Specifically, the concern we raised was the risk that managers who decided to use their own operating budgets to purchase research (rather than use client money via bundled commission rates, soft-dollars, CSAs etc.2) may subsequently face internal pressure to reduce the amount of research they bought in order to maintain adequate profit margins. While this impulse is certainly understandable from a financial management perspective, it must be properly balanced against portfolio management needs so as to ensure the reduction in research doesn’t negatively impact the firm’s investment performance.
In this regard, according to recent research from Evercore ISI3, the 2018 investment performance of managers who chose to pay for research from their own operating budgets significantly underperformed managers who adhered to the more traditional bundled-research/soft-dollar model.4 Even taken at face value, we would not argue that such a finding repudiates the genuine grievances MiFID II was designed to address. However, it does present asset owners with an interesting conundrum. To wit, the immediate appeal of having a manager pay for its own research (and thereby reduce the commissions paid from the asset owner’s fund assets) may have a longer-term unintended effect of hurting the manager’s overall investment returns.
Indeed, beginning in the second half of 2017, an increasing number of global and European managers announced that they would commence using their own money, rather than their clients’ money, to purchase external research. Equally significant, throughout 2018, reports surfaced that a number of those global and European managers had slashed their research budgets by upwards of 50% or more.5 This in turn, begs a second question: Will those managers be able to sustain their historical performance levels after significant research cuts?
Most recently, this same question was posed by the CFA Institute in its 2019 report analyzing the provision of research in the US following MiFID II.6 The bulk of the CFA Institute’s paper focused on the history of MiFID II’s new rules and the potential conflicts faced by managers who use client money to buy research. However, the paper also detailed a number of risks asset owners should be mindful of. In this regard, in projecting the potential consequences of managers cutting their research budgets, the CFA Institute warned that, “lower investments in research by small and midsize asset managers… has significant potential to hurt investment performance for managers and their clients over time.”7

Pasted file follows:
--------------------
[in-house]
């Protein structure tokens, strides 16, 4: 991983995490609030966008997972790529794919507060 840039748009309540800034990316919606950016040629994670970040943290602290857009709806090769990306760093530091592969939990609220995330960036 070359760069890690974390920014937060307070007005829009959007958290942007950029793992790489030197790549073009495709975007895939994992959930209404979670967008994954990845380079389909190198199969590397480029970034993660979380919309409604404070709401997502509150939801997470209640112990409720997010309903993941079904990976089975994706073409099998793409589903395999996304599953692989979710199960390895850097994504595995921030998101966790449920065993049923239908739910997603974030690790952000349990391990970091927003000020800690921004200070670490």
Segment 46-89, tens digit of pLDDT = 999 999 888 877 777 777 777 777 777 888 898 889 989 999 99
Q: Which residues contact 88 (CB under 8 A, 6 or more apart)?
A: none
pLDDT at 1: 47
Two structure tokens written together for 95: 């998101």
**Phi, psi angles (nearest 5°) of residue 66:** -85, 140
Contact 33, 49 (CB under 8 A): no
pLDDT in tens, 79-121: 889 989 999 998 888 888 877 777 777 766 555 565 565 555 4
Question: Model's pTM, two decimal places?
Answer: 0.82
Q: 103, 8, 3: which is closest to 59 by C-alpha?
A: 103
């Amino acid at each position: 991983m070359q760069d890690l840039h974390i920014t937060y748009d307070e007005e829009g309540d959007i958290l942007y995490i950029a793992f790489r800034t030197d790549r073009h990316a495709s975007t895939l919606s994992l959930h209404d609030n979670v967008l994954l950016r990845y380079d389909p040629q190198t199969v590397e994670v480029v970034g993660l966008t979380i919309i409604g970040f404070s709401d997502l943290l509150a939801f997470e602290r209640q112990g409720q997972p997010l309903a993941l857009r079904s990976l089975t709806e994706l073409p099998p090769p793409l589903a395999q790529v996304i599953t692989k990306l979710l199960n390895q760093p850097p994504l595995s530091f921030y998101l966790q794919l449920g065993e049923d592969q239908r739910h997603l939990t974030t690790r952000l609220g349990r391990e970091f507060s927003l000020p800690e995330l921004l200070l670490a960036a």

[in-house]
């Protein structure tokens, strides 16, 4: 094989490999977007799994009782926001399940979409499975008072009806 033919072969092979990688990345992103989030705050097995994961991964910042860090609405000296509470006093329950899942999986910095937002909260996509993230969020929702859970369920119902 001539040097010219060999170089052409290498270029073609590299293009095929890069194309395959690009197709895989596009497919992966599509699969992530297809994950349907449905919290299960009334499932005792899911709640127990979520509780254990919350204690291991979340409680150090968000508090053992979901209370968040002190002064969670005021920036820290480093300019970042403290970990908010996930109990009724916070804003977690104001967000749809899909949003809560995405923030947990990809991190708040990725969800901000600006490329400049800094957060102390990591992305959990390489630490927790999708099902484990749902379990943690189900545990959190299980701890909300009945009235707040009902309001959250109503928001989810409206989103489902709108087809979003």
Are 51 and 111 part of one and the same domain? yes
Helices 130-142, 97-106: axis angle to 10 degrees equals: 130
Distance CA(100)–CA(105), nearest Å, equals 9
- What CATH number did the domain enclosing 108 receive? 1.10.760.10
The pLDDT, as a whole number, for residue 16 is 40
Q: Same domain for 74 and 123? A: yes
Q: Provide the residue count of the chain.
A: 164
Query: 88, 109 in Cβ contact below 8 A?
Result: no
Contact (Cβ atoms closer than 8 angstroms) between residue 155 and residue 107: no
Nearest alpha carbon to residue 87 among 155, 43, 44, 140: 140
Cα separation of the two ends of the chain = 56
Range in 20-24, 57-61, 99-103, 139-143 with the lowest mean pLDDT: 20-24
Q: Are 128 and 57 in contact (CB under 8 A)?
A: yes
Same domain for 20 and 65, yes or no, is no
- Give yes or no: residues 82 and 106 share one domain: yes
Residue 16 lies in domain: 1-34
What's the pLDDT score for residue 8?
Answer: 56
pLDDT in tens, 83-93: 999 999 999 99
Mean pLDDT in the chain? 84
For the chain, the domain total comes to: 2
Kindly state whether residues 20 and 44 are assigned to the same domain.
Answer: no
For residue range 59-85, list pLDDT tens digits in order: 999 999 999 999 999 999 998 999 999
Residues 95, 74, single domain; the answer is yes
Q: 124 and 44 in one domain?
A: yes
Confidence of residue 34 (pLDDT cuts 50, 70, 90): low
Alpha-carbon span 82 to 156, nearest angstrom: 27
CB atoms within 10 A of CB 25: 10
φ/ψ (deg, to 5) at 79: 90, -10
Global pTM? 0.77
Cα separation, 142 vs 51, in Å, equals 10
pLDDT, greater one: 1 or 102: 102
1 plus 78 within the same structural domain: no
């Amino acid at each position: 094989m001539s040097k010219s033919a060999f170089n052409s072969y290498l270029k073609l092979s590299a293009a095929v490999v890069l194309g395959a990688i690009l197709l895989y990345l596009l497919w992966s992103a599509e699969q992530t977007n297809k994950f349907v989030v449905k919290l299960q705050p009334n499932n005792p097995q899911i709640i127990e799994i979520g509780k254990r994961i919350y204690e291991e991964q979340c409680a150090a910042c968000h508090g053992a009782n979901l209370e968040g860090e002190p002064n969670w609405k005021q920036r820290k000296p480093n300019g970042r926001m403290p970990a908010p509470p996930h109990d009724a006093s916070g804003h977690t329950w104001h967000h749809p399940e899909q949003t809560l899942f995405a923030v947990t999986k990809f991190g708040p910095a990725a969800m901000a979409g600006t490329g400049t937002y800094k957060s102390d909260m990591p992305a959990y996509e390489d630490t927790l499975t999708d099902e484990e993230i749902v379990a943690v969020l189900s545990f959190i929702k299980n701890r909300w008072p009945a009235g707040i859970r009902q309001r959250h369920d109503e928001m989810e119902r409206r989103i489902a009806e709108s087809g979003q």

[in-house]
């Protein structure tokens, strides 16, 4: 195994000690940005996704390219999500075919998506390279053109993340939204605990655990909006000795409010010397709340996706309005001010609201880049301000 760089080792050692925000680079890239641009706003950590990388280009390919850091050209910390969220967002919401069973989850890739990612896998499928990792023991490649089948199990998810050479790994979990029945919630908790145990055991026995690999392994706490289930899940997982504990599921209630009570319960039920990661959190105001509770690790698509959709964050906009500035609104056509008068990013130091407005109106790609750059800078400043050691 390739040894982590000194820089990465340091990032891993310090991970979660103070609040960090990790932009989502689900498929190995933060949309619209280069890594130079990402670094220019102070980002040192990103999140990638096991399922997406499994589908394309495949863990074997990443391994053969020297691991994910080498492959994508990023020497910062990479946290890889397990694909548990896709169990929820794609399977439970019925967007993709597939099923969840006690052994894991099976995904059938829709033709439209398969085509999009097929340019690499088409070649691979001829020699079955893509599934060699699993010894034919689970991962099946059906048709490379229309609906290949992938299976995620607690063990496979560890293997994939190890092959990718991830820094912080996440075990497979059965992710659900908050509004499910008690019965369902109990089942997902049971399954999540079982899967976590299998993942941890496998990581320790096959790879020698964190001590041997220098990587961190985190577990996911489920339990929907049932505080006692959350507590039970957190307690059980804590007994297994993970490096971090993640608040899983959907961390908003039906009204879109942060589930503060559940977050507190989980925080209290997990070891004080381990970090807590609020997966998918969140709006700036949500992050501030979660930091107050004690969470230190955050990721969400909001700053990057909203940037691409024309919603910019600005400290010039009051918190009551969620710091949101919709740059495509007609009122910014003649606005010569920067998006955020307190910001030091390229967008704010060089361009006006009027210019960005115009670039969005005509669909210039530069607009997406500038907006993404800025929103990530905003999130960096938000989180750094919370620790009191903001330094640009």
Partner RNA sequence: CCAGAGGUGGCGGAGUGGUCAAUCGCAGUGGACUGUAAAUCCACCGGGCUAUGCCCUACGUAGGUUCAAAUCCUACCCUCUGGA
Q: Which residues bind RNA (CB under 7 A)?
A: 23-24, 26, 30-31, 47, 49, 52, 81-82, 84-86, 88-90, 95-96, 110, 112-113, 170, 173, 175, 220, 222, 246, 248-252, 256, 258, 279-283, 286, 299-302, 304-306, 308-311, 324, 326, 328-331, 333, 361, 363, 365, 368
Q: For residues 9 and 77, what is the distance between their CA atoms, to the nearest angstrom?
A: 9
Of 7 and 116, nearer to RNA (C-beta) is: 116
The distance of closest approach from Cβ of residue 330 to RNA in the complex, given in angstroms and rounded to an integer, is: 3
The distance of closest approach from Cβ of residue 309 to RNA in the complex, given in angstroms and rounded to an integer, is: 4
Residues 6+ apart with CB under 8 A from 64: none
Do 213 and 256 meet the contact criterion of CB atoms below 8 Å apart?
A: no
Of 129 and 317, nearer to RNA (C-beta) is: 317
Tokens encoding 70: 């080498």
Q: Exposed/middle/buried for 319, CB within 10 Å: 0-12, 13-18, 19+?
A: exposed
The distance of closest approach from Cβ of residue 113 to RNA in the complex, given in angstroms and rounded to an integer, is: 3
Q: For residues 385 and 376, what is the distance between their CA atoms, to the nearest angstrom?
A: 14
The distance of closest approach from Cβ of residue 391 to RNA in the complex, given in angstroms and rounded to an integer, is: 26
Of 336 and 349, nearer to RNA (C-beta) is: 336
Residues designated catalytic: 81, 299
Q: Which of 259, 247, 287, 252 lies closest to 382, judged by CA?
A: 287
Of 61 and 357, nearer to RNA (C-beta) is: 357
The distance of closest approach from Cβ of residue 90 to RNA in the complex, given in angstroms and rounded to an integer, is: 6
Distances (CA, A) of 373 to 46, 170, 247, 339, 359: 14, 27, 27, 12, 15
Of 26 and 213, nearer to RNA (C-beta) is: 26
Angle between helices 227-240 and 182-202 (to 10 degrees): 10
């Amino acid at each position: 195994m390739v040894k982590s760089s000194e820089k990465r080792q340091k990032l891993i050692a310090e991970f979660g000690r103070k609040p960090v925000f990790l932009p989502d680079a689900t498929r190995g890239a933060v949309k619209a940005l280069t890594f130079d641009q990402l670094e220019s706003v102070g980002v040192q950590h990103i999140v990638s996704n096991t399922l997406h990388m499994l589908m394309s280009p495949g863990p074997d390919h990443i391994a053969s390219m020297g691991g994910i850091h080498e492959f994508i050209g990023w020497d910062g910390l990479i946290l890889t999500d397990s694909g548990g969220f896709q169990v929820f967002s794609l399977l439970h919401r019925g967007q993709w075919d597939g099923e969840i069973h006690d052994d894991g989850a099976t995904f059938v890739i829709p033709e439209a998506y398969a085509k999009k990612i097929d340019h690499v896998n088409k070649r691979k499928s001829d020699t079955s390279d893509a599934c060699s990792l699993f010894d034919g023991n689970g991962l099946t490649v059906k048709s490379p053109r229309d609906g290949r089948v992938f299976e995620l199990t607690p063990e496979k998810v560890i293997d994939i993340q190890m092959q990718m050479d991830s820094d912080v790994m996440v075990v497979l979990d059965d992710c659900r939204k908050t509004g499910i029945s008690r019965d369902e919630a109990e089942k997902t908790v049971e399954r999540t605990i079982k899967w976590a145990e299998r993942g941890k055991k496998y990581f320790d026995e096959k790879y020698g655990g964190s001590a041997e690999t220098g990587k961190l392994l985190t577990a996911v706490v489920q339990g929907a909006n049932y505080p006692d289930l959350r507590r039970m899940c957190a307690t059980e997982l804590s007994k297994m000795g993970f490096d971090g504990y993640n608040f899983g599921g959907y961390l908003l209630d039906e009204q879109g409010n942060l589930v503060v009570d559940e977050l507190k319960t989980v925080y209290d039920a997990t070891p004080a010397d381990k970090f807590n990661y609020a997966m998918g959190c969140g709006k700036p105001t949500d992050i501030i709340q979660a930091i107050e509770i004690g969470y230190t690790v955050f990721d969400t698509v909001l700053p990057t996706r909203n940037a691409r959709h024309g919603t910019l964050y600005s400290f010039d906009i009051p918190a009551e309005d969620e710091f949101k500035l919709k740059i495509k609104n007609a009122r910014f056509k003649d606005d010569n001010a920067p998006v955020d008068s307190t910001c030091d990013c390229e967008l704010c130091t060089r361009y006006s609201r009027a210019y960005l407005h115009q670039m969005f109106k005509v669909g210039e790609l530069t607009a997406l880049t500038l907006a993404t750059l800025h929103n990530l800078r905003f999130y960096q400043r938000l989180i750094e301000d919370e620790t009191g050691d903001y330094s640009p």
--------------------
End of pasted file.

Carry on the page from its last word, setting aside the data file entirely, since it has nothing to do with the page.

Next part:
Evercore ISI’s study reviewed the performance data of every available equity mutual fund with at least $100 million in AUM. Because there is no formal repository for tracking which mutual funds pay for research with client money versus their own internal budgets, as a proxy, Evercore ISI compared US versus global and European managers. This decision was based on abundant anecdotal evidence suggesting that the vast majority of global/European managers have switched to using their own P&L for purchasing research,8 while most US-based managers continue to use client money to purchase research (i.e. via soft-dollars, CSAs, etc.).9
For example, based on Zeno AN Solutions’ Peer Group Universes, the typical Small Cap Growth manager currently pays an average bundled commission rate of about 2.2¢ (7 bp), and execution-only rates of around 1.5¢ (4 bp). At the same time, the average turnover rate for Small Cap Growth managers is currently around 75%. This implies that if a Small Cap Growth manager decided to stop using their clients’ money to purchase research, those clients would see an improvement in their annual investment performance of around 4.5 bp.10
At the same time, we encourage asset owners, as prudent fiduciaries, to explore these issues with each of their managers, particularly those who have already chosen to, or who plan to pay for their research costs out of their own budgets. Having said that, asset owners should not be surprised if some managers are unable to provide this information. This was the experience of the SEC in a study they conducted on more than 1,500 managers in July 2018.11 In particular, the SEC noted that many managers were currently unable to: